Halliburton: Oil Without Risk

US GDP growth is surging to a 40-year high of 6.5%, and economists estimate the rate could double by June before settling in the mid-single digits through next year. This is wonderful news and explains why commodities like copper, oil, and lumber are rising significantly. Curiously, oil stocks have only just begun to re-inflate.

I want to add an oil field services company to the portfolio — and it’s leveraged for higher oil demand without being exposed to the risk of exploration. The one I have in mind ranks #1 in North America, and it’s as much about technology as it about oil. I like that combination, especially now.

Halliburton Co. (HAL) is the largest oil field services company in North America, providing investors significant leverage for normalized oil demand associated with the economic rebound. While US consumption is still 2 million barrels per day below pre-COVID-19 levels, recent inventory drawdowns suggest producers will need to find new sources of supply, and this is very good news for Halliburton.

Exploration companies rely on Halliburton’s technical expertise and specialized equipment to bring hydrocarbons to the surface. The company does not bear the risks associated with exploring for oil and gas, but instead collects considerable fees as an embedded services provider — another positive for investors.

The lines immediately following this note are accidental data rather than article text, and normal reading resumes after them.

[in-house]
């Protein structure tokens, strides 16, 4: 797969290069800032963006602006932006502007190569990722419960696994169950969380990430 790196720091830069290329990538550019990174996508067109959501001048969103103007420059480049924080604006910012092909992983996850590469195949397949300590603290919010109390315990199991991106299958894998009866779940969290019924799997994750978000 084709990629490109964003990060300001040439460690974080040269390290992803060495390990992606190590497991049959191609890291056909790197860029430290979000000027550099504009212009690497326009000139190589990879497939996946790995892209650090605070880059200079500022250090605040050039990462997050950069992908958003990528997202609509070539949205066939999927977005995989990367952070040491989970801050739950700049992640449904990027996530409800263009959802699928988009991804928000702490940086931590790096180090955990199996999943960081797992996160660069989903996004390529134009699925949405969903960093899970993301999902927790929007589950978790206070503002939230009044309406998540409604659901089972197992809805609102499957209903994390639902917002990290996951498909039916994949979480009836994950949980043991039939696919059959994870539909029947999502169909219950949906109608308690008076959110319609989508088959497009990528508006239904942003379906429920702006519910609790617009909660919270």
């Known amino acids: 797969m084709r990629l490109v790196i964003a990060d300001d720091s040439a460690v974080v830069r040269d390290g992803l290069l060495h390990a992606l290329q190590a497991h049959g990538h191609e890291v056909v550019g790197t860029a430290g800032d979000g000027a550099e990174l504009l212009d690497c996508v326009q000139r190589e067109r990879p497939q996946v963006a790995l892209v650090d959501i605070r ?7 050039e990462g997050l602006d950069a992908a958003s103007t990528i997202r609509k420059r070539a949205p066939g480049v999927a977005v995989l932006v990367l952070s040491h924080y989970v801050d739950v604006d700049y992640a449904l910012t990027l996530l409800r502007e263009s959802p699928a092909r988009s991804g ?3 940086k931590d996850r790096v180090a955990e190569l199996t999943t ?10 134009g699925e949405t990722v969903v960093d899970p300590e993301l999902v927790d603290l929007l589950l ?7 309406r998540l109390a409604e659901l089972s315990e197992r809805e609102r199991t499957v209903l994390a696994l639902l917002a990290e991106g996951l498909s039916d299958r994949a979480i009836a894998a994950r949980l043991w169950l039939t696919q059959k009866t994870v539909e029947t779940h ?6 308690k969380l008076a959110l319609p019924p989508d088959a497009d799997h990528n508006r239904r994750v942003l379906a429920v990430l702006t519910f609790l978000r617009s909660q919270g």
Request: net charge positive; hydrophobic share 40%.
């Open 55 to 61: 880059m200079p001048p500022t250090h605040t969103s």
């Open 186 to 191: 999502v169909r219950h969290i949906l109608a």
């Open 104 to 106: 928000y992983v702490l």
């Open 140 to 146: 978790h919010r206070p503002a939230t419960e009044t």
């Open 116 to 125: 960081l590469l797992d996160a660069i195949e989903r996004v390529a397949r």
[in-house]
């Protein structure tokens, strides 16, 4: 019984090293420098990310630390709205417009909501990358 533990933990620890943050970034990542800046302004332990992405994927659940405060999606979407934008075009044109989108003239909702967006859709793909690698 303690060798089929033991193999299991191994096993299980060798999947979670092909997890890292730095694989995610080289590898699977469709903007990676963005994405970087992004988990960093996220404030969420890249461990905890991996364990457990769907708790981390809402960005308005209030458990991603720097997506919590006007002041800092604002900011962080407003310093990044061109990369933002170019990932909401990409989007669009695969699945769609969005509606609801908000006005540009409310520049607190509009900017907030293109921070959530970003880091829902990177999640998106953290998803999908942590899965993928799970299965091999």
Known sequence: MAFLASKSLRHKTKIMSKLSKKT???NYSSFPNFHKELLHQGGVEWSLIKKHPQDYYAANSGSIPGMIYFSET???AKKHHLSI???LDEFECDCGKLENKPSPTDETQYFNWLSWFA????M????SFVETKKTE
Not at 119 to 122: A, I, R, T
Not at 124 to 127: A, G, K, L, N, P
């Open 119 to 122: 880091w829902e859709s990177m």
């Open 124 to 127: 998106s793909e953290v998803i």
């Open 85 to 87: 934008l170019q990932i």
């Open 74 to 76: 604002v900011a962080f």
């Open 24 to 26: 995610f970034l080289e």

The stock has rebounded from earlier lows, but it still trades at around a 65% discount to it’s pre-COVID-19 high. I believe this gap will narrow as oil demand rises, reflecting a potential doubling of current earnings estimates into 2022.

Halliburton’s impressive Q1 earnings beat estimates for a thirteenth consecutive quarter, and CEO Miller expressed “confidence” in the results as a harbinger of additional upside ahead. The company managed to make money even during last year’s virtual cessation of new drilling, and sequential growth is anticipated over the next several quarters.

On a year-over year basis, Halliburton is guiding analysts to 50% EPS growth annually through at least next year. By 2023, Halliburton is expected to approach its pre-COVID-19 earnings high of $1.90/share, implying a forward P/E ratio of 11.4x — well below its pre-COVID-19 average of 22x.

I like owning HAL at the $20-23 range, which coincides with the 50-day moving average and the lower range of a clear upward channel (chart below).


My target of $38 comes from multiplying 2023 consensus estimates of $1.80 by a P/E multiple of 22x (Halliburton’s median valuation pre-COVID-19 in 2018-19), discounted to the present at 2% ($1.80 x 22) * 0.97 = $38.

Current skepticism could become a catalyst for the stock in coming months. As analysts raise estimates and targets, institutional investors will buy. This may take a while, but I believe HAL will trade appreciably higher as oil demand returns and Wall Street plays catch-up.

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